I am thinking in these terms because mentally, after labouring with U-Aspire for more than a year, I now seem to know what I don't want to do. I have come beyond the initial proposition of U-Aspire being the conduit of British education abroad: While we still offer British courses, we do so for its merit and design advantages, not because of its Britishness. This allows us to think about costs and designs that are appropriate to countries it is offered in. The second change, which I am getting at as our first course cohort in India come together, is that I have given up on the goals of pleasing investors, and focused instead on making it worthwhile for our learners. This means small groups, focused offerings and less time spent on thinking how to scale or what our margins are. I think it was a huge mistake that we spent so much time thinking about these issues, alongside the customary business plan, initially. I am at a point when I have realised what a wonderful opportunity there is to create a worthwhile model for vocational education by being responsive to the markets we operate in, once we are ready to play the long term game.
Therefore, this new plan: To create U-Aspire Academies to offer a range of courses in Entrepreneurship, Digital Media, Creative Professions, and Business, a space for people to learn skills really well at a global standard and start their micro-enterprises. My starting point is India, where we are planning to leverage our partnership into a Joint Venture and create the centres on our own. These ideas, that we need our own centres and that we would rather establish a model on the basis of vocational education, are new, but I have a deja vu feeling once I got to it. At the core of it remains our original ideas of global-local education, competence-based learning and deep engagement with companies and start-up ecosystems; but the additional element is to manage the environment and pedagogy that we initially planned for. This somewhat reflects a reversion of importance of scale, and the fact that we are less focused on Higher Education, though all our courses will have a Higher Ed pathway. The learning is immersing, delivered with deep engagement; it is funded through the existing arrangements of funding vocational education. The courses will be delivered in English, and learning the language will be one key part of the overall learning experience.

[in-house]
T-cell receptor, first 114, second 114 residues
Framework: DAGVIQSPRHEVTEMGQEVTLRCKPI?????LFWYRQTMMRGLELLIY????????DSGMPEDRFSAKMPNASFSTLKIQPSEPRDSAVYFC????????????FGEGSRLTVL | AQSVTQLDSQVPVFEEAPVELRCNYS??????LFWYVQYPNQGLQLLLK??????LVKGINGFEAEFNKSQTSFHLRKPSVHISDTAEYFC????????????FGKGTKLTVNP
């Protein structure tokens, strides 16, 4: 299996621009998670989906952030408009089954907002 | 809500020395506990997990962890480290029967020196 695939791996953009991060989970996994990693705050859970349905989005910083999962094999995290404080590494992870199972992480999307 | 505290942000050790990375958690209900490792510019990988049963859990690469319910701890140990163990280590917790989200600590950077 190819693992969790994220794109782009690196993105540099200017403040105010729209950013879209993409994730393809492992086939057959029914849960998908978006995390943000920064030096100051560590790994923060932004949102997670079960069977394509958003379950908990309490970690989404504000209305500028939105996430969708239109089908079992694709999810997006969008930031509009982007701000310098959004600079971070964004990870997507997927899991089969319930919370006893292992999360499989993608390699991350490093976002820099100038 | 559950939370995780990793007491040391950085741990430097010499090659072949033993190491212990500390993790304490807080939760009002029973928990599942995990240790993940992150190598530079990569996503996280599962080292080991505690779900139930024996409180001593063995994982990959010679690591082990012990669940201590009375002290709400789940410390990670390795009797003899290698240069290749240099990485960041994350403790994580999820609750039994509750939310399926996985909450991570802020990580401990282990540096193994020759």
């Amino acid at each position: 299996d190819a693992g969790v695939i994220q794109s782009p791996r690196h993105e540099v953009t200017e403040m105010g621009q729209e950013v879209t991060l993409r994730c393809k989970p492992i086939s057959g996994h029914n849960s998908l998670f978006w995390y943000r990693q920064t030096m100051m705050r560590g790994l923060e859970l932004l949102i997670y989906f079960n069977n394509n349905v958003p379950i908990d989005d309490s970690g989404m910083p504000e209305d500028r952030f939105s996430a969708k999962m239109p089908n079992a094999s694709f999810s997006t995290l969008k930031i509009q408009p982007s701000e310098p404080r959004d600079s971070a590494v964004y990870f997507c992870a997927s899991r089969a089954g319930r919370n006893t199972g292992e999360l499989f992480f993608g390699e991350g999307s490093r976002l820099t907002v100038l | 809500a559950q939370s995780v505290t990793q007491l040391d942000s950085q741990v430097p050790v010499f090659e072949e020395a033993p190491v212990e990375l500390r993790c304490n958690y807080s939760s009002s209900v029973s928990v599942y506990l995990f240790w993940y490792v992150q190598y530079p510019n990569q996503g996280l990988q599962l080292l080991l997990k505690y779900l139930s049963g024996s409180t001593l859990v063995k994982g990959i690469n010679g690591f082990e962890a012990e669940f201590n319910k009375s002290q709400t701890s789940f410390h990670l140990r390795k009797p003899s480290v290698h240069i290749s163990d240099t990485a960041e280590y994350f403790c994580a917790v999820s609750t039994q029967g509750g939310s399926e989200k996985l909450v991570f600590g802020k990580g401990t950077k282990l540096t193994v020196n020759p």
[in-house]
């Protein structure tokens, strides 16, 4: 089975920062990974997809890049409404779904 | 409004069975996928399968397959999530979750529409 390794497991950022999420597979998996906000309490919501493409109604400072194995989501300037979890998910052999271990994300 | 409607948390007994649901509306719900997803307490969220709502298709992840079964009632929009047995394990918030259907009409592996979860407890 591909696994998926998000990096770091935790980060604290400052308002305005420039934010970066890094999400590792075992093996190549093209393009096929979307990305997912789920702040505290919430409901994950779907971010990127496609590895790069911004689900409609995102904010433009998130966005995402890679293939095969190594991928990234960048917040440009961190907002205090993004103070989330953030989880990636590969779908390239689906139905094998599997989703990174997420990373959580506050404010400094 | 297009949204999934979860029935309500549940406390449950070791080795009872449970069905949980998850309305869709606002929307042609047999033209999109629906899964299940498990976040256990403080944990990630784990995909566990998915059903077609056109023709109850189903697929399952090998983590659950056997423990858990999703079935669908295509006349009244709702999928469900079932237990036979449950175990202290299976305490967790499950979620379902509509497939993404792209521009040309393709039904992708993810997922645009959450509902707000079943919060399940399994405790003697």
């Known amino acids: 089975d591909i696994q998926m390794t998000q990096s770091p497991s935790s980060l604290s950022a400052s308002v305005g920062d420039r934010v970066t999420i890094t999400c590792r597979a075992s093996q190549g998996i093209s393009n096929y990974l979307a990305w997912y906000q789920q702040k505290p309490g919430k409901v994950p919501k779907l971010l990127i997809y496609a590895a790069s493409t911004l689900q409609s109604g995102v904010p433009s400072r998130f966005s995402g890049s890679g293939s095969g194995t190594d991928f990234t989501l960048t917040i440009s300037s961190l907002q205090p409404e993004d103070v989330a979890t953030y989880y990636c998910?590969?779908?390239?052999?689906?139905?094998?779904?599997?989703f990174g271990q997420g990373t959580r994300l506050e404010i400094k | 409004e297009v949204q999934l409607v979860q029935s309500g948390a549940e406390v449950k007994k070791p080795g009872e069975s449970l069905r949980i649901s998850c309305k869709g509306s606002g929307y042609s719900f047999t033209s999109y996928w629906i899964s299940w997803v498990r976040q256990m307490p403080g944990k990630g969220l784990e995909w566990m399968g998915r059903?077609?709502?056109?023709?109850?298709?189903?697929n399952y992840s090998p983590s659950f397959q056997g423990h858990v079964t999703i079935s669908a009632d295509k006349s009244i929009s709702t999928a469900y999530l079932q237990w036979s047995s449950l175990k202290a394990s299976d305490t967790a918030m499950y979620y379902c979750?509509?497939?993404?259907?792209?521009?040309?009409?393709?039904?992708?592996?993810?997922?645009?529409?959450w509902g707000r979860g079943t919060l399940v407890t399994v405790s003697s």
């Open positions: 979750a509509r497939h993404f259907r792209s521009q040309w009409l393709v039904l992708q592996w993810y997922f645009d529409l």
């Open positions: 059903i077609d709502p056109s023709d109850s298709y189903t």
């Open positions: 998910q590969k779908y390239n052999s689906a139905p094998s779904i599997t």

This is indeed not a big change from the original model. But there are important differences: We thought we would deliver courses using partner facilities and personnel, but now looking for greater involvement and control. Though we do the same courses, our proposition is pivoting to the 'vocational training' space rather than playing the Higher Ed game, which means a change of target audience and the value proposition. This is now less about doing a British qualification, but more about doing a flexible qualification which allows competence-based credits to be counted towards an educational qualification. And, finally, this will be about entrepreneurship at the core - an idea I always carried with me - rather than jobs and employment, as Higher Education is deemed to be.